Restaurants come and restaurants go, we all know, but some losses linger — from the places that made for the most special occasions, to the ones that served beautifully basic food with kindness, in comfort, accessible to all. Herewith, a highly arbitrary list of some of Seattle’s most-missed.
Christina Choi, a hero of local food and friend to all she met, ran this marvelous, affordable, heartfelt spot in the tiny original Sitka & Spruce space on Eastlake. She closed Nettletown down in August of 2011, saying she felt terribly tired. Choi died of an aneurysm at age 34 in December of that year, and all of our hearts were broken.
Some special Frenchy magic surrounded this lovely little high-end place where chef Bruce Naftaly quietly, elegantly helped lead the revolution in Pacific Northwest food. He and his wife, Sara, closed it in 2012, after 27 (!) years. They now run Capitol Hill’s Marmite and Amandine, but people who were lucky enough to have eaten there still pine for Le Gourmand.
The Silver Fork
This Rainier Valley spot with the classic signage did classic diner soul food so, so right — the grits here could change your outlook on life — and functioned as a South Seattle community hub, and played the perfect ’70s R&B soundtrack, and gave you coffee in a thermal carafe, and, and, and. After almost a quarter of a century, it made way for gentrification in the form of a Safeway in 2013.
After 32 years serving New York-style pizza on Madison, the Piecora family sold the building for $10.29 million in 2014, which was nice for them but didn’t console the rest of us. Piecora’s hosted birthday parties, wakes, literature crawls and political rallies both conservative (like one Piecora’s brother) and liberal (the other Piecora’s brother). The soothing dark-green walls, vinyl-upholstered booths and red-and-white-checked plastic tablecloths were comfortable, familiar and loved. Something big and fancy and new is there now.
This Seattle institution of 24-hour dining opened in South Lake Union in 1967. It still looked beautifully of that era when it shut down on New Year’s Day of 2018 — all retro tones of brown, the famously upholstered-for-assignations booths, the high-backed captain’s chairs along the kitchen counter. Owls carved into the wood watched over you. Seattle Times journalists ate and drank (mostly drank) here all those years, as it was conveniently adjacent to the newsroom. The Coins has moved to Pioneer Square, where it’s bigger and swankier and too far away.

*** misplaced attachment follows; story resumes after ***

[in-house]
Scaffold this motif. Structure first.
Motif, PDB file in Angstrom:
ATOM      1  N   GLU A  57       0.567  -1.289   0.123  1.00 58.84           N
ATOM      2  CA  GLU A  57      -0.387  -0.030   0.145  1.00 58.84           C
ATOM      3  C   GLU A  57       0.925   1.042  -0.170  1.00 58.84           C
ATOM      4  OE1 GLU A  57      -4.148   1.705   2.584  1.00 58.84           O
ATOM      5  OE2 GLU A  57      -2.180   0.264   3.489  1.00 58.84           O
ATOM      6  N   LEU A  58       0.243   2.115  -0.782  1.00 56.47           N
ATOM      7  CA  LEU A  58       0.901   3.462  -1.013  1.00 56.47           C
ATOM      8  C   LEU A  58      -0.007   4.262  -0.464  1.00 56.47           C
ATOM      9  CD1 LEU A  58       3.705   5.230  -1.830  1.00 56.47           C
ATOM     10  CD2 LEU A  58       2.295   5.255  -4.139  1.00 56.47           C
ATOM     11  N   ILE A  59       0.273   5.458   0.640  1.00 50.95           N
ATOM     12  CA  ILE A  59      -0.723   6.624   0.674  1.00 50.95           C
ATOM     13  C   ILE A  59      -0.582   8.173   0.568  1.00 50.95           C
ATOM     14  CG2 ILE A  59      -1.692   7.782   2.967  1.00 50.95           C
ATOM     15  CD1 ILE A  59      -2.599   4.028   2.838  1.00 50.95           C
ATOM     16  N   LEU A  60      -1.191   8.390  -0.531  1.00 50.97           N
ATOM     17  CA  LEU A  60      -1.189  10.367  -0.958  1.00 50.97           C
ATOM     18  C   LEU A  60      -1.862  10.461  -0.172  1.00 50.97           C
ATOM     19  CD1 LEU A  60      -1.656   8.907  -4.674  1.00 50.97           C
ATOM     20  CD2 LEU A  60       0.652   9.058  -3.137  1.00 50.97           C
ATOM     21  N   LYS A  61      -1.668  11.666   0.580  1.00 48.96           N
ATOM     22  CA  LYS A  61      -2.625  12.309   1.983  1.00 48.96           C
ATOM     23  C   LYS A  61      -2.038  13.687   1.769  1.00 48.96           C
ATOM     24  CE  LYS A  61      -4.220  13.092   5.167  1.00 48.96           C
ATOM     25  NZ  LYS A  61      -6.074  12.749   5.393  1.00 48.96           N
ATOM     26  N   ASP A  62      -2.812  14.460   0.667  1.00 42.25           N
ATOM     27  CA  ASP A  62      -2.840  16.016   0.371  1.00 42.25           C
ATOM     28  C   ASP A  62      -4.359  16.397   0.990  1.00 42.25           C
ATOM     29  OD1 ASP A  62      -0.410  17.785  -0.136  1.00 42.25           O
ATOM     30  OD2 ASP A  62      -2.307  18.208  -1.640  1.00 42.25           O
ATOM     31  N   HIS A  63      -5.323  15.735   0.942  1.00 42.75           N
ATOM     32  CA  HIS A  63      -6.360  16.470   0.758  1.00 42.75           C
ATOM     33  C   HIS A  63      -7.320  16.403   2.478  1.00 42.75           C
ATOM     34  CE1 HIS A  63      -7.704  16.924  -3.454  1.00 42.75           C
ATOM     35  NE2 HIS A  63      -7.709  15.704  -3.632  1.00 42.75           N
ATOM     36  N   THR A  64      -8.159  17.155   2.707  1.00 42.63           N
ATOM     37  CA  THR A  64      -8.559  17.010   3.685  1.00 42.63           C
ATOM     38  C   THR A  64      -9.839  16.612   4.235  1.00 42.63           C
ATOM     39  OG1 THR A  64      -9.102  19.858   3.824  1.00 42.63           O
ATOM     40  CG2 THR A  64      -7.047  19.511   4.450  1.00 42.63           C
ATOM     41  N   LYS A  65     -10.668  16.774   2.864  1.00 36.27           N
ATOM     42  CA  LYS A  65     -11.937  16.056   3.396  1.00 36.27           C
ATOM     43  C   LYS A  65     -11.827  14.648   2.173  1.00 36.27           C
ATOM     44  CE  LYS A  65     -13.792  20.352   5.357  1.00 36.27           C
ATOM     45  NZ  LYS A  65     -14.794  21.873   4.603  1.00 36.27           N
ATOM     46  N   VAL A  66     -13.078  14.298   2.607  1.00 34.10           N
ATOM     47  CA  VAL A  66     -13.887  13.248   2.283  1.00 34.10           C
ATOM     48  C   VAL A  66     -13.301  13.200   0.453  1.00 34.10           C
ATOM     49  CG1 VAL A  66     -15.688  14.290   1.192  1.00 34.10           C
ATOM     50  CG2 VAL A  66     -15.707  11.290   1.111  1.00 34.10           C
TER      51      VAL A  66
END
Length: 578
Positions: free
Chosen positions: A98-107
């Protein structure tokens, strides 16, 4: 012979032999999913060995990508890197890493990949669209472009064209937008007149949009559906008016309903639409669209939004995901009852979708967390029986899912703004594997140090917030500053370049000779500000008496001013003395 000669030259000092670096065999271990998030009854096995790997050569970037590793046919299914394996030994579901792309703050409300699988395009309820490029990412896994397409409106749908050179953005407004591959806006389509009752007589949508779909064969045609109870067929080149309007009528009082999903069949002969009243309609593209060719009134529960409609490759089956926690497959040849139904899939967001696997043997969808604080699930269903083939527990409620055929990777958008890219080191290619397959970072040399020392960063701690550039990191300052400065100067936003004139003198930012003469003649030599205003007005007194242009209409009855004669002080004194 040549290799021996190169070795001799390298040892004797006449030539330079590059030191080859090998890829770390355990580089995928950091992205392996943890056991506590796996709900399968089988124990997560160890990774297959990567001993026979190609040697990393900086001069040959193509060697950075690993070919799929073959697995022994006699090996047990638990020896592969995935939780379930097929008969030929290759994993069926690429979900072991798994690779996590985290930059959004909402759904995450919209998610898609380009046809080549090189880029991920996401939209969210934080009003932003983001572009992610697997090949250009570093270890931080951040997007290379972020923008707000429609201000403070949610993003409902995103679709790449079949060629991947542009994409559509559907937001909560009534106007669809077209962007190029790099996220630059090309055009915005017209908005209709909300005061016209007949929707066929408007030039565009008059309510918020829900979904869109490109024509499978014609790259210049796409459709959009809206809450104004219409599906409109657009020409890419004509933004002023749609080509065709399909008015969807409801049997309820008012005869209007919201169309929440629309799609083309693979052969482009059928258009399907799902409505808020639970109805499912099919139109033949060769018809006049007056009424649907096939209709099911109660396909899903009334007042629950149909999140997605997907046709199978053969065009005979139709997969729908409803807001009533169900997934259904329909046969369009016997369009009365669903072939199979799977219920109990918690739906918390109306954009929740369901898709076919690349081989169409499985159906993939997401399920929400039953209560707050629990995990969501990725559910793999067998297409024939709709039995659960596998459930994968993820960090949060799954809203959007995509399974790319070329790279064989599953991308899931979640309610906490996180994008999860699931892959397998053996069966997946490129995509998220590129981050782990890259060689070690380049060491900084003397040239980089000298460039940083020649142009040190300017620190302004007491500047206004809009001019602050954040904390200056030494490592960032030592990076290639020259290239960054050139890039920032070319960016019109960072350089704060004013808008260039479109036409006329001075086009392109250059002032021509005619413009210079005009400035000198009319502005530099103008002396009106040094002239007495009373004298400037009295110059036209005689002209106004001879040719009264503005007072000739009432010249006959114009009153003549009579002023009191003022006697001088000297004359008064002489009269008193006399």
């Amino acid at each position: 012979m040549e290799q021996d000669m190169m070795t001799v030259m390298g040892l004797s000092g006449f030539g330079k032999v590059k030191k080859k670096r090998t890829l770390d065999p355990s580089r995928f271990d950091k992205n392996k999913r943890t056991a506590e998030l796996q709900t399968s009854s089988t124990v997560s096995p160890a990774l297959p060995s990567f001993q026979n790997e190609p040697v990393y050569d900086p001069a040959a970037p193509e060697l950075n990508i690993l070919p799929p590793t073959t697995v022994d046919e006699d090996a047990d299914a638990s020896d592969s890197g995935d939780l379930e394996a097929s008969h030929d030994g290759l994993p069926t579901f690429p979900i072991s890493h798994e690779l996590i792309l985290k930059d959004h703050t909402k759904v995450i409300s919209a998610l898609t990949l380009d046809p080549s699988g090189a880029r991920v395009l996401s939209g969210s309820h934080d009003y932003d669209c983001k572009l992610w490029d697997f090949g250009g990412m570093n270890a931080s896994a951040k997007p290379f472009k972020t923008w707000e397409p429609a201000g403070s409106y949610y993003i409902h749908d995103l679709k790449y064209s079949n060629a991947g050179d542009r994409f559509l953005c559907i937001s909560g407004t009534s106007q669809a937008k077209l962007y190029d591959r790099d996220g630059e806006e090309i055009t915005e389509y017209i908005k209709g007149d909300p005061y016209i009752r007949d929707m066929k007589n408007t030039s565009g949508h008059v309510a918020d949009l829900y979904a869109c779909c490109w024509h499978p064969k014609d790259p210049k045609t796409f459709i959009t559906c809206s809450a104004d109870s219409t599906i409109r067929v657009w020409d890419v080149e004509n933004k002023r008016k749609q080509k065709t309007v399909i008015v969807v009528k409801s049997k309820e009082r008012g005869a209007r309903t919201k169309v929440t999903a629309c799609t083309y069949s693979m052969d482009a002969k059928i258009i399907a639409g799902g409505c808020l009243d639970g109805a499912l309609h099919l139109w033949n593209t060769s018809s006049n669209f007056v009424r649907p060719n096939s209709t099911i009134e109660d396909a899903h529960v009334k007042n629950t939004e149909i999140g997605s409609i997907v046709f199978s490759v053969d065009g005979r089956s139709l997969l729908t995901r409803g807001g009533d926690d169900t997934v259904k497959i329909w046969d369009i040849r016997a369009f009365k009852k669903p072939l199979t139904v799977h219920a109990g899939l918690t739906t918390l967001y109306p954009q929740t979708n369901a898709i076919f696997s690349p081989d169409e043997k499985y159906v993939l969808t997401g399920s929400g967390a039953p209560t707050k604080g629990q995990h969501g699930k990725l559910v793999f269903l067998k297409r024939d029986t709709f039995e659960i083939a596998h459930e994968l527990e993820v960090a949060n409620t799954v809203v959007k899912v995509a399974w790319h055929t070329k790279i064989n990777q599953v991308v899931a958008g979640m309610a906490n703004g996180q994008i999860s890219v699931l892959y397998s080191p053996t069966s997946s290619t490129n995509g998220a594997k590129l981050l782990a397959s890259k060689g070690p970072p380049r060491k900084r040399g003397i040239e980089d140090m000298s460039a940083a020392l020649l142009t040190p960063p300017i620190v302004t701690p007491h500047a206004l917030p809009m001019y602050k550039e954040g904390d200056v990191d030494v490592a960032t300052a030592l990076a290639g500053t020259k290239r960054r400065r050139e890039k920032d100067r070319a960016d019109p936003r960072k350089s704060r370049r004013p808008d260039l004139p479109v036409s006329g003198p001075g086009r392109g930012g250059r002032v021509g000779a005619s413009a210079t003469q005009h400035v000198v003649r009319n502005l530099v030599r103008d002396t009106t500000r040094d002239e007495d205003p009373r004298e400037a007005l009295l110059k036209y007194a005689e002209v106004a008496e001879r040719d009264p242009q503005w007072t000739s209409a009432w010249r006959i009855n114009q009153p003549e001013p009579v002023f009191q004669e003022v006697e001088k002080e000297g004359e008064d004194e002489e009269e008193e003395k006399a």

Mama’s Mexican Kitchen
Four-plus decades in, beloved Mama’s Mexican Kitchen in Belltown got renamed (“Mama’s Cantina” — OK, sure) and upscaled (no!) by local entrepreneur Marcus Charles. He said in a statement at the time — 2016 — that “Keeping Mama’s open, and in its original location, means a lot to me, the neighborhood and Seattle residents. It’s a piece of Seattle history that cannot be lost on future generations.” He shut it down this past summer.
Ludi’s started out as The Turf, serving anyone and everyone in what was then a down-and-out part of downtown. Gregorio Rosas started out as an undocumented dishwasher there after coming to Seattle from the Philippines in 1978. The owner eventually gave him the place, and he introduced staples of his homeland to the menu and continued to serve “real food, home-cooked food” for 17 years. Rosas lost his lease this past summer, and Ludi’s became another casualty of our city’s heedless development.
Chef Jerry Traunfeld’s closure of his Capitol Hill restaurant last August marked the end of an era, as the James Beard award-winner ended his storied career. Through decades of excellence, dating back to his 17-year tenure at The Herbfarm, with so much mentoring of others along the way, Traunfeld shaped the way we think about local food here today. He and his husband have decamped to Palm Springs, California, which sounds pretty nice right about now.
Sitka & Spruce
James Beard award-winning chef Matt Dillon still runs his restaurant, Bar Ferdinand, but the closure of his influential first place after 14 years at the end of 2019 signals something momentous in the local restaurant scene. At Sitka & Spruce’s original tiny, strip-mall space on Eastlake, Dillon made magic with Northwest ingredients — a kind of shoestring start that a young chef can hardly hope to get in our city today. Closing Sitka now, he’s said, has less to do with the $15 minimum wage and more to do with vastly increasing expenses associated with leasing the newer Capitol Hill space — a New Seattle squeeze that many in the industry are feeling.